How significant is the cost impact?
It can be substantial. California power companies are paying up to five times more to buy rooftop solar power than it would cost to buy and deliver the same electricity wholesale. In San Diego, for instance, these overpayments account for more than 15 cents on every dollar that households pay for electricity. For customers who don’t have rooftop solar systems, those extra costs can add between $60 and $200 to their annual bills.
Who gets the most benefits from the program?
Most of the benefits right now are going to higher-income customers. Across California, the lowest 40 percent of earners make up just 13 percent of rooftop solar customers. The rest are subsidizing higher-income customers who own rooftop solar systems. We need to fix this and make sure everyone benefits from clean energy.
How does this fit into California’s larger plan to tackle climate change?
California has committed to cutting greenhouse gas emissions to 40 percent below 1990 levels by 2030. That means shifting away from the fossil fuels that are driving the climate crisis, and toward cleaner, smarter ways to power our future. One way to do that is to get more clean power from the wind and sun. That’s why getting this program right is so important.
It also means cutting pollution from our vehicles and from our homes and buildings. To do that, we have to shift to electric cars and trucks, and to replace gas-burning stoves and water heaters with energy-efficient units powered by clean electricity. For that to pencil out, electricity rates must be affordable to all.
Aren’t you worried that you’re going to stunt the very growth in solar power you say you endorse?
No — to the contrary, we want to see the continued growth of sustainable, equitable solar power in California. That’s our mission.
NRDC is a strong proponent of expanding solar energy across the country and the world. We are advocating for its expansion and investment at the federal level. We have advocated for extending and expanding net metering and other solar support programs in states across the country. In California, we are also supporting a bill, alongside solar advocates, companies, and other environmental groups, that would help expedite permitting of new solar energy systems and reduce costs. And we are seeking out additional legislation that can build bridges with all stakeholders and advance shared clean energy goals.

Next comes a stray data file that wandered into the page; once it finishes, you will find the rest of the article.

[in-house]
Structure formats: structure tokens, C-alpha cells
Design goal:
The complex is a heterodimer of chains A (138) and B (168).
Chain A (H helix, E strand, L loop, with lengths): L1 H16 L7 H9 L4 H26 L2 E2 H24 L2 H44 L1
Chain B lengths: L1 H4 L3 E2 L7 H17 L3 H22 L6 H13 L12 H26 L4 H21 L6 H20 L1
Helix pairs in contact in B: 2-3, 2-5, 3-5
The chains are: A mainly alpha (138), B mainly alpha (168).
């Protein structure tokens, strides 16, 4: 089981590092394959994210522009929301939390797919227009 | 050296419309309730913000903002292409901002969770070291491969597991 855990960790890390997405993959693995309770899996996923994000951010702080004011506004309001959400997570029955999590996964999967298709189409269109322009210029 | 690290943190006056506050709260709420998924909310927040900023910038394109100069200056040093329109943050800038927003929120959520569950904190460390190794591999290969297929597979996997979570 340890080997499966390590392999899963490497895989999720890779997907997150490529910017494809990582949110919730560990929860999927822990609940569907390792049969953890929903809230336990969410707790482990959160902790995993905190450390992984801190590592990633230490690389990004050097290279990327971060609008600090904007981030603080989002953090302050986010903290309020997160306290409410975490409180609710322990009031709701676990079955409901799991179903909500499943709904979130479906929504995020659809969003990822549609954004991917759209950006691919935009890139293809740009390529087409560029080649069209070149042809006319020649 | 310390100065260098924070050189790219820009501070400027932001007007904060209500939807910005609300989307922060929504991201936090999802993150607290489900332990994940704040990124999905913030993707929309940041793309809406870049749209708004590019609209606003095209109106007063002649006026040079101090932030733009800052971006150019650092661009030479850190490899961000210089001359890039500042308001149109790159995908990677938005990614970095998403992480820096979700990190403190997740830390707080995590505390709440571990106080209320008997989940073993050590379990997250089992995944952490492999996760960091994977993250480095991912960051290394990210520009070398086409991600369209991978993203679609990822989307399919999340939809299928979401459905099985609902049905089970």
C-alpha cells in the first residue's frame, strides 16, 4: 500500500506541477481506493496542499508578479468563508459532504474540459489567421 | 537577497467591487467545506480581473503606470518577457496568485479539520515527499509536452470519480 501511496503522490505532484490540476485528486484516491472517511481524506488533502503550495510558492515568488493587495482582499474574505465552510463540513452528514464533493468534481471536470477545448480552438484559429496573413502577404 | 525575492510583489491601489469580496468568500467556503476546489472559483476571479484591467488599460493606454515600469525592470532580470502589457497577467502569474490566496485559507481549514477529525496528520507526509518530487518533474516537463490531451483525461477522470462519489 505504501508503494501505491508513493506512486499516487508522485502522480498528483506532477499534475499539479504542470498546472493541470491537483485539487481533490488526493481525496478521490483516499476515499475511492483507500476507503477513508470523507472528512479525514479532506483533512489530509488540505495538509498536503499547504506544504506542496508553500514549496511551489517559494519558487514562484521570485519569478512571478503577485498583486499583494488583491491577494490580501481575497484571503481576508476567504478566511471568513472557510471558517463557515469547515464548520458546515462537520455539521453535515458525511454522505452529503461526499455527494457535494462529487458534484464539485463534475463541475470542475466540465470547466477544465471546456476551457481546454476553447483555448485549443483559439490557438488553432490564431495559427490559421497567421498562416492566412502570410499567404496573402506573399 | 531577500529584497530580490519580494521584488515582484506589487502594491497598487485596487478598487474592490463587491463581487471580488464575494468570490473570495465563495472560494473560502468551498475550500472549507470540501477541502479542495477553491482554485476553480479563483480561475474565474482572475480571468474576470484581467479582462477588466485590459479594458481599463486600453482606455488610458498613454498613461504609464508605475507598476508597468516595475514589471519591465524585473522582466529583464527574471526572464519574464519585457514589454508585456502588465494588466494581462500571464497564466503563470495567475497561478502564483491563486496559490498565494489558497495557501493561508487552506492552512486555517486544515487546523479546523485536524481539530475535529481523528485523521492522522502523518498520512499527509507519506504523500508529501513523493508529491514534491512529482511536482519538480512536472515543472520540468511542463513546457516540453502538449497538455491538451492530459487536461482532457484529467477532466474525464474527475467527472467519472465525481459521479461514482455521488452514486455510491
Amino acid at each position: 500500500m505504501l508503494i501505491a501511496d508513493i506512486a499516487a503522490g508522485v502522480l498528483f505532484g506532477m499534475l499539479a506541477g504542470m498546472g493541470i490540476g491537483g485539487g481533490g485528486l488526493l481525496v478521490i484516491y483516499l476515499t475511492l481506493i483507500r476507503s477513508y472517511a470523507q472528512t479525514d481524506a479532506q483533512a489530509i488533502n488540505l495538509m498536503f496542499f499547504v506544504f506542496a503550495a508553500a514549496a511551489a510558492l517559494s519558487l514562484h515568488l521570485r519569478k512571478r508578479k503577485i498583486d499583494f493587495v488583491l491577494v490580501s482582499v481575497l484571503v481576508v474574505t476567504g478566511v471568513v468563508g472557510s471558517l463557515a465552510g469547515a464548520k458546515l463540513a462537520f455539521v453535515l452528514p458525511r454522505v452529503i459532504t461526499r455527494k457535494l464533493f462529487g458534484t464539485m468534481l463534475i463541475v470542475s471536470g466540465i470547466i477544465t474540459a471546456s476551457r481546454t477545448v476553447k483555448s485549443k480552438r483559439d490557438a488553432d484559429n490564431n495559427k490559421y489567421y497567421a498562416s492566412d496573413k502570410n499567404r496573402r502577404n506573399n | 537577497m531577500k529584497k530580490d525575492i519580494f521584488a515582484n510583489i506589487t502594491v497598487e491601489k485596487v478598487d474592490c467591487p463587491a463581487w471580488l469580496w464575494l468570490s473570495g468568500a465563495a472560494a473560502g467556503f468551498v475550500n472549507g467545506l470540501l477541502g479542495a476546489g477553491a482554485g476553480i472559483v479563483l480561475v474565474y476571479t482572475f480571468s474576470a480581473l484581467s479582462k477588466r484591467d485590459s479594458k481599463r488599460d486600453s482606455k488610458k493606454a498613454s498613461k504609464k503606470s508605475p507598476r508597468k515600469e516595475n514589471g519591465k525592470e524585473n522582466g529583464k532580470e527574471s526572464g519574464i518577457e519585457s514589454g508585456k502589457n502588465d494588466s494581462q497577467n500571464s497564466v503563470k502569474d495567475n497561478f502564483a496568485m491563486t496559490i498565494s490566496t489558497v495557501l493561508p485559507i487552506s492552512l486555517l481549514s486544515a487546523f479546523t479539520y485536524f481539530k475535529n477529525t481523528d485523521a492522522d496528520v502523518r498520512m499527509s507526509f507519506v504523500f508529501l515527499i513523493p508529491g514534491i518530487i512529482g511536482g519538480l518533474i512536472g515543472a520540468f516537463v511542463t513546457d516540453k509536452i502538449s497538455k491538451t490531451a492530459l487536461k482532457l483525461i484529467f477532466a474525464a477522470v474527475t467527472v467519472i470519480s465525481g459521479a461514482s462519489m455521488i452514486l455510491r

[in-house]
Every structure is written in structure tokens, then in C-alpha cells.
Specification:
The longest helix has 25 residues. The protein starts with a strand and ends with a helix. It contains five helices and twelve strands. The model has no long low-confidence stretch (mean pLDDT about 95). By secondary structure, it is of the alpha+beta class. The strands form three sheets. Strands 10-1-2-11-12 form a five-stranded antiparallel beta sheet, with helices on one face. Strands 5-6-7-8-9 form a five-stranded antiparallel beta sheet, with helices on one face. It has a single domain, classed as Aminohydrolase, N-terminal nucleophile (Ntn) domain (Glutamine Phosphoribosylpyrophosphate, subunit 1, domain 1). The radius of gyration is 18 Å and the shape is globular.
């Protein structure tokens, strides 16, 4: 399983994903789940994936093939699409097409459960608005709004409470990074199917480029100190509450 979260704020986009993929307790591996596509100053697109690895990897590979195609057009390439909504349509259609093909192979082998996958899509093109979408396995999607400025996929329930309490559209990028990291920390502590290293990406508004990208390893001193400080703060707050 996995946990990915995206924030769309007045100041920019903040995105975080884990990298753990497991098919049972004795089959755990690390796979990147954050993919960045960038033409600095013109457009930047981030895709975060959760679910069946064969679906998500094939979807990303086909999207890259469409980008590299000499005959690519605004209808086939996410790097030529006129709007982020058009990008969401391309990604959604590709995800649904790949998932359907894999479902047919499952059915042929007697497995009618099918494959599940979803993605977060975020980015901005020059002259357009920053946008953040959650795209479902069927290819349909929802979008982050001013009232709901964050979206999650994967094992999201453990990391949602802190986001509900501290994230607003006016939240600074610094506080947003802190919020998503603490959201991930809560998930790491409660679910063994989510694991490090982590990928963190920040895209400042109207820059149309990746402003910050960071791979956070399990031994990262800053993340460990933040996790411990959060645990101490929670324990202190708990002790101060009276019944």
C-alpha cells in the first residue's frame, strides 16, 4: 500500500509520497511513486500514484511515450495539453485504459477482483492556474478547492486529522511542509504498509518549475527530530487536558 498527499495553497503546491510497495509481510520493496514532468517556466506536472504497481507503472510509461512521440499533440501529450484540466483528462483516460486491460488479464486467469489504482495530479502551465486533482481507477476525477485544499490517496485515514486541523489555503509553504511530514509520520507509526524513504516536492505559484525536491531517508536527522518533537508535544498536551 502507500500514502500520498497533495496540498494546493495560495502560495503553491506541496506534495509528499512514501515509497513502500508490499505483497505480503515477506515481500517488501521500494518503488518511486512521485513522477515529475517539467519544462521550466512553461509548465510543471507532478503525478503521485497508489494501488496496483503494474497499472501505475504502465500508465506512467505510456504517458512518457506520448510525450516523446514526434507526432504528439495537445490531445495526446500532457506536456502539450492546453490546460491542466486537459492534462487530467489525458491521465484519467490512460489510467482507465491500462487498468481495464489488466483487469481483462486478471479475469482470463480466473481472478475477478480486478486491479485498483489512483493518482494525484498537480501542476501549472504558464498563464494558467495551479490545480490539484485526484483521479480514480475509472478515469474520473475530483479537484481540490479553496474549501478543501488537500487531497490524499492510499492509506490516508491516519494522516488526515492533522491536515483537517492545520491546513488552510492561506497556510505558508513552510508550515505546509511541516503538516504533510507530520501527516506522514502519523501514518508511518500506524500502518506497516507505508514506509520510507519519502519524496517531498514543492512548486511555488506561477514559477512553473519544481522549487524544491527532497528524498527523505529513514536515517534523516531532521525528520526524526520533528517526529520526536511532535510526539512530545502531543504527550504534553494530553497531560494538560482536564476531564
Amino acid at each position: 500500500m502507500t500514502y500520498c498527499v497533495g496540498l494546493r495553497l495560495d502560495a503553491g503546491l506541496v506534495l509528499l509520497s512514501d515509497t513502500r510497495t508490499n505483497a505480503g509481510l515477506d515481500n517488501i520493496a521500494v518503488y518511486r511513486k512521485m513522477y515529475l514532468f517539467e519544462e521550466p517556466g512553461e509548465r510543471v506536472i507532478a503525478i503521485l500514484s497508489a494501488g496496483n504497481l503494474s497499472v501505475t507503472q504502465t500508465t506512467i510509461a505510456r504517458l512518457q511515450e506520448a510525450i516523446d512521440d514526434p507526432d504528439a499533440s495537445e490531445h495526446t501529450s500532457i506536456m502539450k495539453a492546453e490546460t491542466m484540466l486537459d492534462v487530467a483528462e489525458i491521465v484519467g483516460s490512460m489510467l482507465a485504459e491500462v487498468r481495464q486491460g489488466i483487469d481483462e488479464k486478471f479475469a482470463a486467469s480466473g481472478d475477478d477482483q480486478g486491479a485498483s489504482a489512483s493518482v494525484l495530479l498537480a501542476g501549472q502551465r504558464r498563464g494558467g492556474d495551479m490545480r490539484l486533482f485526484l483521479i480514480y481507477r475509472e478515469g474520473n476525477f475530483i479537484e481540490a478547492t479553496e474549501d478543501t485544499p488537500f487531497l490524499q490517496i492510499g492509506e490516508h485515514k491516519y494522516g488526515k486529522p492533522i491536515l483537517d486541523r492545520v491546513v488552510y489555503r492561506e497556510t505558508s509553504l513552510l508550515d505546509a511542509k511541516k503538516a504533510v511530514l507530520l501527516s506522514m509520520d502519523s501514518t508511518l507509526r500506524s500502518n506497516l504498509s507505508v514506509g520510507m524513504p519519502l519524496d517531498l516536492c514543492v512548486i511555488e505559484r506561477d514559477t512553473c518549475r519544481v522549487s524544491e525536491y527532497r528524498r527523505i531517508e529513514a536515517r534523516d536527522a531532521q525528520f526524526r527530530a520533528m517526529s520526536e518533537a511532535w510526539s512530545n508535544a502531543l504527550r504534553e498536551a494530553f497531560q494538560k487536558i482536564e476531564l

We have an opportunity, and a responsibility, to confront the widening climate crisis and to do it equitably. Growing wind and solar energy in every state is imperative to doing that. Fortunately, the dramatic decline of the cost of solar energy allows us to sustain the growth of solar energy while reducing the burden for those who don’t have rooftop solar.
So, how do we fix the problem?
We don’t have to choose between climate action and an equitable society. The two go hand in hand. There can be no climate progress without climate justice.
As the California Public Utilities Commission evolves its net metering program, it is important that the commission’s plan increases access to solar, reduces the costs that have to get collected from non–rooftop solar customers, and ensures that the number of rooftop solar systems in California continues to increase sustainably. There are many ways to achieve these goals, and that’s why we are committed to working with all stakeholders to align our policy approach with emerging needs and market trends, as we build the clean energy economy of the future together.
There’s work to be done to ensure that, as we move forward, people of every income level share in the benefits of solar power. That’s how California continues to lead in creating the clean energy jobs of the future, confronting the existential environmental challenge of our time, and helping to build a more just and equitable society.
Originally published by NRDC.